The present invention provides a method of increasing blood pressure in a human in need thereof, the method comprising: a) providing a pharmaceutical composition for intravenous administration comprising, in a unit dosage form: i) from about 0.01 mg/mL to about 0.07 mg/mL of vasopressin or a pharmaceutically-acceptable salt thereof; ii) chlorobutanol; iii) acetic acid; and iv) water; b) storing the unit dosage form at 2-8° C., for example, 5° C., for at least 1 week; c) diluting the unit dosage form in 0.9% saline or 5% dextrose in water to provide a concentration from about 0.1 units/mL to about 1 unit/mL (about 0.21 μg/mL to about 2.1 μg/mL) of vasopressin or the pharmaceutically-acceptable salt thereof; and d) administering the diluted unit dosage form to the human by intravenous administration; wherein: the administration provides to the human from about 0.01 units of vasopressin or the pharmaceutically-acceptable salt thereof per minute to about 0.1 units of vasopressin or the pharmaceutically-acceptable salt thereof per minute; and the human is hypotensive, wherein the unit dosage form exhibits less than about 5% degradation after storage at 2-8° C., for example, 5° C., for about 4 weeks.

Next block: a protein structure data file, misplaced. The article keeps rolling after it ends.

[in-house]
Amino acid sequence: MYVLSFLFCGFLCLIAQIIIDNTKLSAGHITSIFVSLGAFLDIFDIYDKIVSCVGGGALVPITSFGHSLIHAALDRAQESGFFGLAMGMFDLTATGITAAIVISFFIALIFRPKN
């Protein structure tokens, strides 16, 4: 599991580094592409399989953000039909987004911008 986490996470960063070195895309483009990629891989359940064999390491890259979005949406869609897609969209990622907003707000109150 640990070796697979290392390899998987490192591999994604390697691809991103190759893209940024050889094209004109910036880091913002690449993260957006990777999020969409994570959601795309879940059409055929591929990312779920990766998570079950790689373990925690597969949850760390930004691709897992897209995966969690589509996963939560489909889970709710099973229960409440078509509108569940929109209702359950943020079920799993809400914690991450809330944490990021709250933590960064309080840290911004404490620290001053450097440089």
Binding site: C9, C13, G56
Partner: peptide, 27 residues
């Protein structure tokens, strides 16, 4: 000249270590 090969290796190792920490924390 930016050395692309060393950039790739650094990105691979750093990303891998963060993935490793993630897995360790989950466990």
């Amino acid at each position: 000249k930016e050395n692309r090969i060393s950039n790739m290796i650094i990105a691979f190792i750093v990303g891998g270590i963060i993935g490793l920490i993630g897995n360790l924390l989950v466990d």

The present invention provides a method of increasing blood pressure in a human in need thereof, the method comprising: a) providing a pharmaceutical composition for intravenous administration comprising, in a unit dosage form: i) from about 0.01 mg/mL to about 0.07 mg/mL of vasopressin or a pharmaceutically-acceptable salt thereof; ii) chlorobutanol; iii) acetic acid; and iv) water; b) storing the unit dosage form at 2-8° C., for example, 5° C., for at least 2 weeks; c) diluting the unit dosage form in 0.9% saline or 5% dextrose in water to provide a concentration from about 0.1 units/mL to about 1 unit/mL (about 0.21 μg/mL to about 2.1 μg/mL) of vasopressin or the pharmaceutically-acceptable salt thereof; and d) administering the diluted unit dosage form to the human by intravenous administration; wherein: the administration provides to the human from about 0.01 units of vasopressin or the pharmaceutically-acceptable salt thereof per minute to about 0.1 units of vasopressin or the pharmaceutically-acceptable salt thereof per minute; and the human is hypotensive, wherein the unit dosage form exhibits less than about 5% degradation after storage at 2-8° C., for example, 5° C., for about 4 weeks.